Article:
Great Britain claimed a historic first Paralympic medal in wheelchair rugby after storming to gold with a superb 54-49 win over three-time champions the United States.
Spearheaded by 24 tries from Jim Roberts, ParalympicsGB triumphed in Tokyo having led at the end of each quarter.
Wheelchair rugby made its full debut as a medal event at Sydney 2000 after being a demonstration sport at the Atlanta Games four years earlier.
A milestone moment for the country in the mixed gender game came following previous bests of bronze-medal match defeats in 1996, 2004 and 2008.
Jointly captained by Chris Ryan and Gavin Walker, GB had guaranteed a place on the podium on Saturday courtesy of a 55-49 win over hosts Japan.
Top scorer Roberts has consistently performed at the Yoyogi National Stadium over the past five days and once again led the way in Sunday’s showpiece.
Stuart Robinson and Aaron Phipps chipped in with 14 and 11 scores respectively to keep the scoreboard ticking over and ultimately ensure an unprecedented achievement.
Star man Roberts said: “I’m a big, proud Welshman. I go to watch the rugby games when I can and I’m a huge supporter, but this is Great Britain and this is the combination of all those nations, and it’s something bigger and that’s why I love team sports actually.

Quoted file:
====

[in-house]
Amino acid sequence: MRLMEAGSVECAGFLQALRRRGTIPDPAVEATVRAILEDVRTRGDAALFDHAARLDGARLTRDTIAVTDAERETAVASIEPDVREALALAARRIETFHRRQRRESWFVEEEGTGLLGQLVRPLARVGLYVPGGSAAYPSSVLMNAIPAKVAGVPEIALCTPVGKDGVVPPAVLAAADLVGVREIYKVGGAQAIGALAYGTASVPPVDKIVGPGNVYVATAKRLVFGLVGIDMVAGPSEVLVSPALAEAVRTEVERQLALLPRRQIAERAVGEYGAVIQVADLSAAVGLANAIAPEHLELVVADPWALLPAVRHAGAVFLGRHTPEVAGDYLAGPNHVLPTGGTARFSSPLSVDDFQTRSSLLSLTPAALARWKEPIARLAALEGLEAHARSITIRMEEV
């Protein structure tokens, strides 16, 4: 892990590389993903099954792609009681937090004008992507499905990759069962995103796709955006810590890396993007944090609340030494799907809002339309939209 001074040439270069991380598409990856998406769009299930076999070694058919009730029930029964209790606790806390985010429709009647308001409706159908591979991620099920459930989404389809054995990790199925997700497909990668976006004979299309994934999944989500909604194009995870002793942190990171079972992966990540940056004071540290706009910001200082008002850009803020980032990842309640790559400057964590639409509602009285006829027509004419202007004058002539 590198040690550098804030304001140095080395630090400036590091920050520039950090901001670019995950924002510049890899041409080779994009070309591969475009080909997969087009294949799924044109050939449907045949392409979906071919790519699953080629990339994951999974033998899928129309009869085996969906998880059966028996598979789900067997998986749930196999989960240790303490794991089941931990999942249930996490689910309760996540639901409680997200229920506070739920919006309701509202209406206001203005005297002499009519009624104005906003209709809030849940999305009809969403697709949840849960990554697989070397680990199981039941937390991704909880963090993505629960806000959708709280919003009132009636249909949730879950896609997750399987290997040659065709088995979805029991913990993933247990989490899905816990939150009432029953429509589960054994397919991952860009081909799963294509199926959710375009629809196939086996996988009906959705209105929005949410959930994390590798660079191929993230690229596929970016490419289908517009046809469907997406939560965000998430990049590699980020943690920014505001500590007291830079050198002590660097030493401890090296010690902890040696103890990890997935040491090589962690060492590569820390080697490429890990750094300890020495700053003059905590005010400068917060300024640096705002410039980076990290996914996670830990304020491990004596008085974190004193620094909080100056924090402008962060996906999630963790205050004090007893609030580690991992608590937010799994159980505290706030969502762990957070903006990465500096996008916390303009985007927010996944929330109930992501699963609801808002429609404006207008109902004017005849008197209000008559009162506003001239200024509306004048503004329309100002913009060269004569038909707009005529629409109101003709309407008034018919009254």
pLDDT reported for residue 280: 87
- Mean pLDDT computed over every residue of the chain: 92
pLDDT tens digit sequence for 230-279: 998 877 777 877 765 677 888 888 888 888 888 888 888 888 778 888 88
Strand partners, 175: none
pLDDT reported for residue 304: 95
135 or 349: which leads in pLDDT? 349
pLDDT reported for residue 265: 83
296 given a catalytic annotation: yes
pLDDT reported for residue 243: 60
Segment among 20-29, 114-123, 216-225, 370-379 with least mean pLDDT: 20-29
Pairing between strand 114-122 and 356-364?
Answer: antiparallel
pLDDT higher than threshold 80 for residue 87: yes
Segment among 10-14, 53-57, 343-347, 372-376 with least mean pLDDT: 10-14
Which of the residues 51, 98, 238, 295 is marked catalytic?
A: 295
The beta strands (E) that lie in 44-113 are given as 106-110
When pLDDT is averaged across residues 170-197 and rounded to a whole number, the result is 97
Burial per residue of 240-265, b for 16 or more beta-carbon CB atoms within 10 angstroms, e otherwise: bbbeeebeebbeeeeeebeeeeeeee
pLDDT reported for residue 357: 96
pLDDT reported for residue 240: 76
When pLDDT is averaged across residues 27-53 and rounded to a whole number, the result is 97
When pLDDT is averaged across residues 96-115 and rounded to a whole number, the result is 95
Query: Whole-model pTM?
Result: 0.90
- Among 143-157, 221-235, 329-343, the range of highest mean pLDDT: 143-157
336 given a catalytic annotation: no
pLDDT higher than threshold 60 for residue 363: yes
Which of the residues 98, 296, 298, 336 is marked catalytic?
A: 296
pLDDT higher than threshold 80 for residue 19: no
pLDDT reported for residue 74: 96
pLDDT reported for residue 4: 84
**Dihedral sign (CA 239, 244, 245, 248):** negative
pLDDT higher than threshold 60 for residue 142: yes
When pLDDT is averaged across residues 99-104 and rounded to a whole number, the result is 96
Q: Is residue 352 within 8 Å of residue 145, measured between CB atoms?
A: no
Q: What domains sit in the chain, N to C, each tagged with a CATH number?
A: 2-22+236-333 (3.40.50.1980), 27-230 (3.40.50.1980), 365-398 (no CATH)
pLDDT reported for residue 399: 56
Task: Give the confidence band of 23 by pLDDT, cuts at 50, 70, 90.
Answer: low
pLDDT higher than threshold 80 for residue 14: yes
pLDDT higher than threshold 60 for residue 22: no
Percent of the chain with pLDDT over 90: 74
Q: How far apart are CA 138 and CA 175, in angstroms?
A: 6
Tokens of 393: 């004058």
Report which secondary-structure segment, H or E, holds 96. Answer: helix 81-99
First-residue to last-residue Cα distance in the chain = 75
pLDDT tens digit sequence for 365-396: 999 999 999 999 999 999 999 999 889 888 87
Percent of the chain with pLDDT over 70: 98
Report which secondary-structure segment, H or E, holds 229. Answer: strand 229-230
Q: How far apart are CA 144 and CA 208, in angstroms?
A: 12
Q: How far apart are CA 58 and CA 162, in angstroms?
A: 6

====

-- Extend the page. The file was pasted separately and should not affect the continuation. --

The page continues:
“It’s the combination of the sum of its parts. We’re achieving something that’s bigger than anything one of us could achieve on our own.”
Asked if he was the best Welsh rugby player, he replied: “Alun Wyn (Jones) is still plugging away, isn’t he? He hasn’t retired yet.”
Kylie Grimes, the only woman in the squad, said: “I hope I can inspire girls to give it a go.
“Wheelchair rugby is for everybody, for all of us: young girls, young boys, youth, everybody. I’d love more women in my sport. Women can match the men.
“It’s about tactics, skills, using the brain. The men have their testosterone flying around everywhere, the big hits – but it is not always about that.
“If I can get more women involved as well then the more merrier, I would be delighted.”